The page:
This looks at the visual unity of the School's parade, from a musical viewpoint. It judges the general comportment of the School; the perfect synchronism, continuity and melding between the singing and the rhythm, as a musical base for the choreography and dancing of the School's members. The steady continuity between the singing and the rhythm, and the effect of this in the dancing, is the main concern of the Harmonia judge. Marks can be lost through feeble singing. There is a phenomenon known as 'crossing the samba' ("atravessamento do samba" ) which the judges are looking out for particularly, where one group of revellers is singing one part of the lyrics whilst another is singing a different part of the same lyrics.
This is the progress and timing of the dance which must be in harmony with the rhythm of the Samba which the participants are dancing (with the rhythm of the song and the cadence of the bateria). What must be considered is the fluency of the presentation, the spontaneity, creativity, passion, vivacity, agility and vigour of the participants. If clear gaps open up between or within the groups of dancers, penalty points are incurred.
This is the central theme of the parade. It is an artistic creation, in narrative and/ or descriptive written form. The judges must consider, amongst other factors, the strength of the idea, the plan; the steady development of ideas in the various alas of dancers, the floats, groupings etc, so that it should be possible to understand the theme or the ideas which are being offered. The themes may be international. If any form of advertising is displayed in the parade penalty points are incurred.
This is a free vote from the judge with no technical restrictions. What counts is how much the judge likes the school overall. The judges can award 3 points (excellent, maximum), 2 points (good), or one point (average). Because of the subjective nature of these marks 'Conjunto' is a controversial category and in many years it is not included in the marking scheme.
Alegorias e Adereços
The plastic arts of the theme, the made artifacts; their originality, quality, movement, colours and effects. The judges should consider the Alegorias, which are any props, structures or scenes on the floats, and the Aderecos which are any props etc being carried by the walking paraders. The judges should chiefly consider how effective the floats and the props are for transmitting the theme; how through their design and form they help to deliver the theme's content. The costumes of the destaques (the big costumes on top of the floats and elsewhere in the parade) are judged in this category.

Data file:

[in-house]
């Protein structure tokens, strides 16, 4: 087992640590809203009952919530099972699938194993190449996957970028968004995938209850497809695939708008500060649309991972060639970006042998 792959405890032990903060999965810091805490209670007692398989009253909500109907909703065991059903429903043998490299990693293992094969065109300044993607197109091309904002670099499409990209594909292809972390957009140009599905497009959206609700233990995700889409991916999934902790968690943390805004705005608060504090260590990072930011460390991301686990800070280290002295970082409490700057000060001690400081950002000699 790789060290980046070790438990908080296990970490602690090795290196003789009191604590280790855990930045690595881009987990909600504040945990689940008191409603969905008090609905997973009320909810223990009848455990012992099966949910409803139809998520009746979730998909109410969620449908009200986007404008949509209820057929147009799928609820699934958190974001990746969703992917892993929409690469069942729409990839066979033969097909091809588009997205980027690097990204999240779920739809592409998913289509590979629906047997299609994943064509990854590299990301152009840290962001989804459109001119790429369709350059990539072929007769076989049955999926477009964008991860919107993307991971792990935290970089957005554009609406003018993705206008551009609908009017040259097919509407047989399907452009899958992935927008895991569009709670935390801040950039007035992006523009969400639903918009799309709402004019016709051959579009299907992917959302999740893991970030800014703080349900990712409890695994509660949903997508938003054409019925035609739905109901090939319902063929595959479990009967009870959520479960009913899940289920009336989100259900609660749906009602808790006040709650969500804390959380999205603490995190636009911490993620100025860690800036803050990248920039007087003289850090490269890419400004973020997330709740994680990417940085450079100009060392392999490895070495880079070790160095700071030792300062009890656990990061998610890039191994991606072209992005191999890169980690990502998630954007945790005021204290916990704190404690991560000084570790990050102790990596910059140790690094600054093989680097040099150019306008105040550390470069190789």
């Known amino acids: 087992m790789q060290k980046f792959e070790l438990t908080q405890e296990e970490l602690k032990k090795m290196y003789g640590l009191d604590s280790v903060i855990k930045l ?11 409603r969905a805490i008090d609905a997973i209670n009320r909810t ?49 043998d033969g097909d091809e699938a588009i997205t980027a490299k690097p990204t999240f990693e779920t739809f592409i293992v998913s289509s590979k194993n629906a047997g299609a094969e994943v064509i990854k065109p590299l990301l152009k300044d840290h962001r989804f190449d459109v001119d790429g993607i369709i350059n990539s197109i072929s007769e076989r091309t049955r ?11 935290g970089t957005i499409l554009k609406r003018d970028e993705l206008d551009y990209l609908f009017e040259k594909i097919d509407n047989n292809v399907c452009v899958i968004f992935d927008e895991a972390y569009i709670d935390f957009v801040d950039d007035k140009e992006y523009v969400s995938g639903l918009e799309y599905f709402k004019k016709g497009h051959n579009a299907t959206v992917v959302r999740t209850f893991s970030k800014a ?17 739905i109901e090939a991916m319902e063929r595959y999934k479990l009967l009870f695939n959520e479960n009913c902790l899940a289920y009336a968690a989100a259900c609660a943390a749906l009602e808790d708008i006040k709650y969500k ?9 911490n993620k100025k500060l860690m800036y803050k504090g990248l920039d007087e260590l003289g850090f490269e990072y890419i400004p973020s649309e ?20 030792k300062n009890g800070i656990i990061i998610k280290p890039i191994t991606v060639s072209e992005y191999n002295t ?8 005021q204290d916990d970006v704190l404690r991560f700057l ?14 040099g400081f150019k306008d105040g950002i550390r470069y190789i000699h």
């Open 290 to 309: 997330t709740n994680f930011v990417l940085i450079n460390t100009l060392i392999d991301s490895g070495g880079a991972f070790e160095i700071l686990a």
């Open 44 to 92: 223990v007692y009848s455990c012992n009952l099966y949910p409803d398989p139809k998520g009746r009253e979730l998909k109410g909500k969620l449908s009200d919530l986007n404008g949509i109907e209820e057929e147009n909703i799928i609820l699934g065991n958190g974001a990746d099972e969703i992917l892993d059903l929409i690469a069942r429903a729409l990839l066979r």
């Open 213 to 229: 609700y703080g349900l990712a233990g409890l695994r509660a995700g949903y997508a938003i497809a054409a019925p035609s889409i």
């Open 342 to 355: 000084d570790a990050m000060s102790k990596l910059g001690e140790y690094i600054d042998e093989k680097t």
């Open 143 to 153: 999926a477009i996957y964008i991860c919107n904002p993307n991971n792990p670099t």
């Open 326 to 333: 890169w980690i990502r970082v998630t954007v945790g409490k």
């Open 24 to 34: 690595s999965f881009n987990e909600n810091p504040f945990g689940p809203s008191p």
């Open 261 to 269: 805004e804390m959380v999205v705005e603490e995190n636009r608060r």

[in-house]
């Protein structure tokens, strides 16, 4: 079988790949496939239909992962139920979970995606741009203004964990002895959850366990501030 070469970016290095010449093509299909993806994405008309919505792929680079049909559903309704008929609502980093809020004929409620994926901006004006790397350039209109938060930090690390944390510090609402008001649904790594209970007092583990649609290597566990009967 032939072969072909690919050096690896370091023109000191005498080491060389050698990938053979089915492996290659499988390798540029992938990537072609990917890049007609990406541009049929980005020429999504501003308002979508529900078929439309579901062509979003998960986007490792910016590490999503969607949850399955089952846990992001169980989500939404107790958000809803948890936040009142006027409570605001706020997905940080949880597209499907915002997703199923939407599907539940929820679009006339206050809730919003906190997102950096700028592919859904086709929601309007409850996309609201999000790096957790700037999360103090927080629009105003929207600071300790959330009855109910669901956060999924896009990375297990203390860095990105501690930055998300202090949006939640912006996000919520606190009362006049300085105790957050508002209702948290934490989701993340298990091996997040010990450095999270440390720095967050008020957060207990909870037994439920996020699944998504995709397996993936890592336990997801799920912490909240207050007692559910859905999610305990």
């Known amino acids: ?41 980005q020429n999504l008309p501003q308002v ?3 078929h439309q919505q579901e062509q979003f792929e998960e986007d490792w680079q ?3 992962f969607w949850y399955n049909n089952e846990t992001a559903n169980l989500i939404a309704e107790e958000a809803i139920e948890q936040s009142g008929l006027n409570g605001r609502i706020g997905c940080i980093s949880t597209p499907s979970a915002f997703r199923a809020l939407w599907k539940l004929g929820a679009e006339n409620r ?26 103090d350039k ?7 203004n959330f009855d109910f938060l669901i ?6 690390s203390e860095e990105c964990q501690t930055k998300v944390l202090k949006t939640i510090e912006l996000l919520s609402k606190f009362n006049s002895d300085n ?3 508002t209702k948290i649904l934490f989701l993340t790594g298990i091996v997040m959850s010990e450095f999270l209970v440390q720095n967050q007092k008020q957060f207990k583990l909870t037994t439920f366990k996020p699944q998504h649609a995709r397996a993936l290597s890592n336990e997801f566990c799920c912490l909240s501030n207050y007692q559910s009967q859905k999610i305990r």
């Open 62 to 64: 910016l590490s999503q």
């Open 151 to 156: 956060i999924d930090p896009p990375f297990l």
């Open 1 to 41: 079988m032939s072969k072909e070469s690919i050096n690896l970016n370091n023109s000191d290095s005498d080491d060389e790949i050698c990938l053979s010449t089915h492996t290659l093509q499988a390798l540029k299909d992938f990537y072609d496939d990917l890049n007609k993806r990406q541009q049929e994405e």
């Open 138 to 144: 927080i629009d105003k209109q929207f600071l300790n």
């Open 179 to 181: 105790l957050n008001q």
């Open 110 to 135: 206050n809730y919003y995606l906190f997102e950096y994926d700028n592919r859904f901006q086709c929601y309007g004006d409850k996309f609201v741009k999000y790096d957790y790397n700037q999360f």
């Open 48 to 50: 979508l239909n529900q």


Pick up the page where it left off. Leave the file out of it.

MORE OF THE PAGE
The judges must evaluate the creativity, good taste, originality, colour, individual effect and their effect when grouped together into the alas of the School, and the variety and adequacy of the costume in portraying the idea or object they are depicting. Included in this category are the costumes of all the alas including all the alas of dancers, the bateria and the baianas.
Comissão de Frente
The Comissão de Frente is the first group of people to pass through the Sambódromo on foot in each School (apart from people pushing floats or carrying props or banners etc). The judges must watch chiefly for their main function of saluting the public and presenting their School, looking for perfect coordination and precision in the movements of their performance, and also at their costumes. The Comissão de Frente is actually made up of dancers who perform a rich choreography, producing a spectacular effect; this first impression of the School should inspire the public.
Mestre-Sala e Porta-Bandeira
The dancing master and the flag carrier. Traditionally, their display is the means by which the School pays homage to the people and to its friends, showing this with their flags. The judges should look at the posture, elegance, grace, agility, and majesty of the Porta Bandeira; at the flexibility, variety of moves, courtesy and protection of the Porta Bandeira on the part of the Mestre Sala; and at the coordination of the movements of the pair.